Scientists Declare First 'Asteroid Day' to Raise Awareness of Global Threat

Tuesday, 30 June 2015 - 2:39PM
NASA
ESA
Earth
Tuesday, 30 June 2015 - 2:39PM
Scientists Declare First 'Asteroid Day' to Raise Awareness of Global Threat
Millions of years ago, an asteroid impact caused a massive extinction event that wiped many species, including the dinosaurs, off the face of the Earth. Now, scientists are trying to ensure that humans don't go the way of the T-Rex by declaring today the first-ever Asteroid Day. In honor of the one-year anniversary of the massive asteroid impact in Siberia that felled 80 million trees, a group of experts got together at events all over the world in order to raise awareness about the imminent danger of an asteroid impact.



Opening quote
"Asteroids are the only natural disaster we know how to prevent and protecting our planet, families and communities is the goal of Asteroid Day," said Grigorij Richters, producer of the just-released asteroid-themed movie 51 Degrees North and co-founder of Asteroid Day. "Asteroids teach us about the origins of life, but they also can impact the future of our species and life on Earth."
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According to the event's official website, NASA only tracks approximately 10% of the 1 million asteroids that could potentially be on a collision course with Earth, so while the space agency doesn't expect any "close calls" or major impacts until asteroid 1999 AN10 flies past in 2027, there could easily be unforeseen impacts.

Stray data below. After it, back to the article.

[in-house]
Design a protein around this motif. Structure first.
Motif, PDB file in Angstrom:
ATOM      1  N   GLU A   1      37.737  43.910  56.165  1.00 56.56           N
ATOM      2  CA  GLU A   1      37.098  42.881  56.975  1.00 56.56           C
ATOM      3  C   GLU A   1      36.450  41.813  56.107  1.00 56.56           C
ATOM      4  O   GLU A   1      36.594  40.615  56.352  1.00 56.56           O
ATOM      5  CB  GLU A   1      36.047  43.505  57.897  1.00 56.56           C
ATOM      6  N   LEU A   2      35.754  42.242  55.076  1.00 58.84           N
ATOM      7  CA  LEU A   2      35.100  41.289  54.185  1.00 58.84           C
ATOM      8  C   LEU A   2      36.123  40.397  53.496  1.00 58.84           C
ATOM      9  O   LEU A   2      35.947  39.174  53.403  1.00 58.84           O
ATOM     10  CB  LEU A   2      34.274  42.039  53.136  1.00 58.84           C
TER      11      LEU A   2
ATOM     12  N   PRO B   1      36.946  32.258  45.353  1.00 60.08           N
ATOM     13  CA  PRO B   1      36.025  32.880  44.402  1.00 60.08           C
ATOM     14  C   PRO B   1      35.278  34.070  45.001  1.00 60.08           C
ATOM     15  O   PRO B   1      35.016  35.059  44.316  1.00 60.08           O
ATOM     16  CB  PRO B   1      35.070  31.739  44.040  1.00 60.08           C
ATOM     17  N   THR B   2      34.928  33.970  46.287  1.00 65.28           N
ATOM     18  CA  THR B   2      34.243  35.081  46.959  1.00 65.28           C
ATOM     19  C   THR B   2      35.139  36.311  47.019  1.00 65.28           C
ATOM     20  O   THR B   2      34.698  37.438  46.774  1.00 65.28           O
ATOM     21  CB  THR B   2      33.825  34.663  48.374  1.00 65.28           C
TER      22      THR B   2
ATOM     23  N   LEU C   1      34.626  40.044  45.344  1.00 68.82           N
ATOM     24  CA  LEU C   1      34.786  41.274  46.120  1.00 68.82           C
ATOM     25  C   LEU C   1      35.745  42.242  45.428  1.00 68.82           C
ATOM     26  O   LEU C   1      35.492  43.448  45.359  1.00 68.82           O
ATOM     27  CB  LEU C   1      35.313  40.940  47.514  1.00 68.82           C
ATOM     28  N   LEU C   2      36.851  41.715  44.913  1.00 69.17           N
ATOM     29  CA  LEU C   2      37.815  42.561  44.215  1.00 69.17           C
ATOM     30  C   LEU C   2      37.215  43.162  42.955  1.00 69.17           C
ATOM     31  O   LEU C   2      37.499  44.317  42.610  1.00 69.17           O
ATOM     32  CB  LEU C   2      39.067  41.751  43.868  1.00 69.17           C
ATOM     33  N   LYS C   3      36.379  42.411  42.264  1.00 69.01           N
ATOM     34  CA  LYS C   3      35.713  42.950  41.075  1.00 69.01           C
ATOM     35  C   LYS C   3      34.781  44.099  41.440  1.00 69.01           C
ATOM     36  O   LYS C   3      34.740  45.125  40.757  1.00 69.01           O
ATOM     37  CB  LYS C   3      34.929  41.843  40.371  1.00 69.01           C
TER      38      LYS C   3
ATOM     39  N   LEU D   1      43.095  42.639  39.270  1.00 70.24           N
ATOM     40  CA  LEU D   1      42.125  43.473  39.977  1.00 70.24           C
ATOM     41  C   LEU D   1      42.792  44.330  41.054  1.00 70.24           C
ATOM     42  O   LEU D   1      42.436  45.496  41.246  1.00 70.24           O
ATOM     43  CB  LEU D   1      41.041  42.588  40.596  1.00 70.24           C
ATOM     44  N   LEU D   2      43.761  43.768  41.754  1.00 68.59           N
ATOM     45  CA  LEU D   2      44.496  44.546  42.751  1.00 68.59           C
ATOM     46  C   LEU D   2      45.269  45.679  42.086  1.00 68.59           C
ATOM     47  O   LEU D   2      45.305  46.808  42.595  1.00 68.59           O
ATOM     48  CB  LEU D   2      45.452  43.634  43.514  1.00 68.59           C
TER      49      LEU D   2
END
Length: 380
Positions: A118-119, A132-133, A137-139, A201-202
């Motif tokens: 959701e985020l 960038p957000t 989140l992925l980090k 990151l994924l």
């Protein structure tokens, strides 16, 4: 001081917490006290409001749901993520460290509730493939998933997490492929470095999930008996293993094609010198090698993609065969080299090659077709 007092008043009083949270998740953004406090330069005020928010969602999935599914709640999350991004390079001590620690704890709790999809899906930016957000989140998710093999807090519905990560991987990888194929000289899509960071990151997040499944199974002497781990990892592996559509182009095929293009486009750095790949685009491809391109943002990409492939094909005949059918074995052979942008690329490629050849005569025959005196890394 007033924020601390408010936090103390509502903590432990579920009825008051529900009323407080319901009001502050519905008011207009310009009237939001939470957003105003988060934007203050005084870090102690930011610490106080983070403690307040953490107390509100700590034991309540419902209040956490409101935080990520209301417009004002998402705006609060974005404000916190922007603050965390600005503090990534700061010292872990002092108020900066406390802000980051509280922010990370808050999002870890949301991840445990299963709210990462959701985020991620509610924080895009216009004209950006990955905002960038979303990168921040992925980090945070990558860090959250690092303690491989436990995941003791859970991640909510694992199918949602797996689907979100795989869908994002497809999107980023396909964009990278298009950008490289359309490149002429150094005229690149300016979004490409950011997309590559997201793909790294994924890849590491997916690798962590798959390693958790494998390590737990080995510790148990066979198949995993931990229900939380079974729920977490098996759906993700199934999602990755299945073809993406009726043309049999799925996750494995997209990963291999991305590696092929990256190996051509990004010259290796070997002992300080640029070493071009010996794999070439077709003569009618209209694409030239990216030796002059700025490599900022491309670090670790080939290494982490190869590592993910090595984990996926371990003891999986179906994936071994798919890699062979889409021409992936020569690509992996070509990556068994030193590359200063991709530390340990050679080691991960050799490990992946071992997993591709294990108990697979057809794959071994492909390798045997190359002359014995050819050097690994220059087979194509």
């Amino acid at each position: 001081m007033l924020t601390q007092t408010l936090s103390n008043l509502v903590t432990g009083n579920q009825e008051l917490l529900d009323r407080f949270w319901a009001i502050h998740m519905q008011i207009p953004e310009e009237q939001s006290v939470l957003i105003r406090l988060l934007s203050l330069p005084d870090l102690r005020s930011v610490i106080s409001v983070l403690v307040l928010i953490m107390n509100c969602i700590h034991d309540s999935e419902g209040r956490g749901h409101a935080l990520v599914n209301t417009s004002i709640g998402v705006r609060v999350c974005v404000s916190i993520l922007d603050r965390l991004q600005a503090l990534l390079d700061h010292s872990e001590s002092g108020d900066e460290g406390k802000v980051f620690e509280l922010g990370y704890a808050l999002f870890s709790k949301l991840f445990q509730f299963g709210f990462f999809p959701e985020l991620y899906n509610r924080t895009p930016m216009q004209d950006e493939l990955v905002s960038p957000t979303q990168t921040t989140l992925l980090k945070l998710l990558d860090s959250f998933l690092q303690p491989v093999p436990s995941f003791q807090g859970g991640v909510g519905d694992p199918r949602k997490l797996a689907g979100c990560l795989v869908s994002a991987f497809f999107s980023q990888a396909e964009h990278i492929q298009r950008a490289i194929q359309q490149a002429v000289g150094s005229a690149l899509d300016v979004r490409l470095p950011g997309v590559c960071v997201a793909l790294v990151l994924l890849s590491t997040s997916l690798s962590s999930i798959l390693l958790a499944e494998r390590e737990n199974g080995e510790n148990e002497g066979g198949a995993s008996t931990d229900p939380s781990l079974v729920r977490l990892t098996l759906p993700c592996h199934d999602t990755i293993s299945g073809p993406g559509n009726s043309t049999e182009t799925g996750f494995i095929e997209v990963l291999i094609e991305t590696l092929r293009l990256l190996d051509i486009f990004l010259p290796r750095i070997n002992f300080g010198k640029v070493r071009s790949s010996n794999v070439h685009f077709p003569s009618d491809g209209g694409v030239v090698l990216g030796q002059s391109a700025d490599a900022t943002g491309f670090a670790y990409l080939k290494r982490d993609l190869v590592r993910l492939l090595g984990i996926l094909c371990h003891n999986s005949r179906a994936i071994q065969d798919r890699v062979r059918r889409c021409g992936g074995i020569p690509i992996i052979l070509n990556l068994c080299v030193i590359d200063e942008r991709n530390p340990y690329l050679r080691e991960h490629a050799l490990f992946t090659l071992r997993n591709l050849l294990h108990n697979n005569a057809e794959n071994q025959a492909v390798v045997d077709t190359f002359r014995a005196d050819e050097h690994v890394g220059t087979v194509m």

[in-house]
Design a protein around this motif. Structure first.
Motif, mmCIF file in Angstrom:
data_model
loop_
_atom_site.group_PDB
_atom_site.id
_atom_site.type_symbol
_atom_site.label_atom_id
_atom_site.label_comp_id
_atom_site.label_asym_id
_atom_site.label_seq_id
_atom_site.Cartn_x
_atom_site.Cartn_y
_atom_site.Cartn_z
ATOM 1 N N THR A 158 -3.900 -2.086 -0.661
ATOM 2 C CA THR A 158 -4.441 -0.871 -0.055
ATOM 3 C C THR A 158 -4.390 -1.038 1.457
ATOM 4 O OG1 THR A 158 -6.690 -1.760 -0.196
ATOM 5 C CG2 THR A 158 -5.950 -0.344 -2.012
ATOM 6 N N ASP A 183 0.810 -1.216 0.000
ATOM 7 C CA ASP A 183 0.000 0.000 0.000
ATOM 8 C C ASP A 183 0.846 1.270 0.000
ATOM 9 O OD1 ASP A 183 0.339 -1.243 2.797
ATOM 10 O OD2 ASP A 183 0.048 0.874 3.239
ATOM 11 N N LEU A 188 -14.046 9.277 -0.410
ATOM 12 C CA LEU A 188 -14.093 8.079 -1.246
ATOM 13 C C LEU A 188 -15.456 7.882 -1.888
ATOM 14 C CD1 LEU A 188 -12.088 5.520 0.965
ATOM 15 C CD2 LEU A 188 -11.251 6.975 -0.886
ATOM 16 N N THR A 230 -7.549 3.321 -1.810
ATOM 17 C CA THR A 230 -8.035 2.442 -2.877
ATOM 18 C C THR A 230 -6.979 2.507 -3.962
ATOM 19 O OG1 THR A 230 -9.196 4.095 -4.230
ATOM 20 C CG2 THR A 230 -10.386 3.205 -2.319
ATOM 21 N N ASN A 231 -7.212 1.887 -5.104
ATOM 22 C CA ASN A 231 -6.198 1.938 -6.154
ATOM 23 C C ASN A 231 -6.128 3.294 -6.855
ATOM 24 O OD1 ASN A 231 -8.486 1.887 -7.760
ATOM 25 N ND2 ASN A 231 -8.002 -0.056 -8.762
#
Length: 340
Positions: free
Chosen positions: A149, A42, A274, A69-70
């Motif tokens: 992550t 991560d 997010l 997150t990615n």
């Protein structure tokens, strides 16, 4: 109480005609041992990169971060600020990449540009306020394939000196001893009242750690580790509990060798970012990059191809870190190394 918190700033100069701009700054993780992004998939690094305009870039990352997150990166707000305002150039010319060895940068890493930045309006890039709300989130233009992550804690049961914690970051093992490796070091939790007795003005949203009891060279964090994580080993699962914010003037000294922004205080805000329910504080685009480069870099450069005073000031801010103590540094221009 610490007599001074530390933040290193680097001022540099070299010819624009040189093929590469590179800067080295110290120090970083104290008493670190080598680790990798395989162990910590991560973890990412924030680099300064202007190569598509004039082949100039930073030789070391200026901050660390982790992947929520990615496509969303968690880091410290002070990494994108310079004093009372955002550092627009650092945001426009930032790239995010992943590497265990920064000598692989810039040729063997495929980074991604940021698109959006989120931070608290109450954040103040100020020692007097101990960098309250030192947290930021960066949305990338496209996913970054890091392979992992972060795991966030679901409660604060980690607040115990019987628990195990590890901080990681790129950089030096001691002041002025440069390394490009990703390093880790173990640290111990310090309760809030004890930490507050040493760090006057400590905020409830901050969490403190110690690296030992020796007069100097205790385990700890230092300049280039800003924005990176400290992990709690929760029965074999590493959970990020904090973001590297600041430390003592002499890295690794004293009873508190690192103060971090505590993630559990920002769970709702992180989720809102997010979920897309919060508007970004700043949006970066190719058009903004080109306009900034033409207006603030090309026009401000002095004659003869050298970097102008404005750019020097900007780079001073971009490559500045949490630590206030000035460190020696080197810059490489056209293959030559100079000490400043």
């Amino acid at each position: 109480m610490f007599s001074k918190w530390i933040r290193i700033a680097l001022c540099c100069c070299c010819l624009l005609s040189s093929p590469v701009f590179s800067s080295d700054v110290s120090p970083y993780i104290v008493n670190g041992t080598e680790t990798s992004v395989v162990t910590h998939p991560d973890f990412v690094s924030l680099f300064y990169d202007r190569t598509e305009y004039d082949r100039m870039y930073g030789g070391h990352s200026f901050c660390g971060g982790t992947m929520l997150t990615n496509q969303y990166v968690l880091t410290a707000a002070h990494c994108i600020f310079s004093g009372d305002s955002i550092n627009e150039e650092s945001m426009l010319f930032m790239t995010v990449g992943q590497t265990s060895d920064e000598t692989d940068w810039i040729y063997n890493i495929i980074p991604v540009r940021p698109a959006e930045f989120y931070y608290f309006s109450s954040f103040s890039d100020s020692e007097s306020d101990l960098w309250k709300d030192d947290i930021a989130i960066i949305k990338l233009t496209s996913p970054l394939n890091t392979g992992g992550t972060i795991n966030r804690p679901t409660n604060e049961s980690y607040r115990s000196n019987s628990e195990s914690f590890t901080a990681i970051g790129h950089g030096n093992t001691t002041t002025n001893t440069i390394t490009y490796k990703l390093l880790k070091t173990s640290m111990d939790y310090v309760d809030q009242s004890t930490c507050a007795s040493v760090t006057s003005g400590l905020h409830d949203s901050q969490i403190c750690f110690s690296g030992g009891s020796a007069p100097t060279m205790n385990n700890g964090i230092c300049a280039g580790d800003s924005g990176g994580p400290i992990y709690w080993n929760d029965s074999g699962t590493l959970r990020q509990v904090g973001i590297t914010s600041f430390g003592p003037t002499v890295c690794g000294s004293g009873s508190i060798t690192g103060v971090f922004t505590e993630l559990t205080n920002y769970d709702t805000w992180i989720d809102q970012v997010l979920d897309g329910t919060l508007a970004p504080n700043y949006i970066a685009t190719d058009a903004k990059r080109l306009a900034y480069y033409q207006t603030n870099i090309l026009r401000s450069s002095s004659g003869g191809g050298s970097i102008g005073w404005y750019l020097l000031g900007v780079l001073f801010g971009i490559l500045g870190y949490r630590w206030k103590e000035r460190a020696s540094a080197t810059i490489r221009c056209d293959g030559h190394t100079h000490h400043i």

Opening quote
"Planets can't hit us, while comet debris doesn't survive to strike our surface. But asteroids -- chunks of stone or metal -- arrive by the thousands every day, and are responsible for nearly all of the 50,000 catalogued meteorites," said Slooh astronomer Bob Berman. "The largest asteroids are fascinating to observe, while the hazardous ones need to be watched while defenses are being conceived."
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NASA is trying to combat the problem, albeit in slightly insane-sounding ways. The space agency recently completed a deal with the National Nuclear Security Administration, the branch of the Department of Energy that's "responsible for enhancing national security through the military application of nuclear science," in order to protect Earth from killer asteroids. In other words, they plan to combat asteroids by nuking them.

Meanwhile, ESA held a meeting with representatives from Switzerland, Germany, Luxembourg, Romania, Sweden, and the United Kingdom in order to discuss emergency response to killer asteroids. But the experts behind Asteroid Day, including astrophysicist Dr. Brian May (also, incidentally, the guitarist from Queen), insist that these efforts are not sufficient. In fact, they're supporting the 100x Declaration, which advocates for a 100-fold increase in asteroid detection and impact prevention.

Opening quote
"The more we learn about asteroid impacts, the clearer it becomes that the human race has been living on borrowed time," said May. "Asteroid Day and the 100X Declaration are ways for the public to contribute to bring about an awareness that we can get hit anytime. A city could be wiped out any time because we just don't know enough about what's out there."
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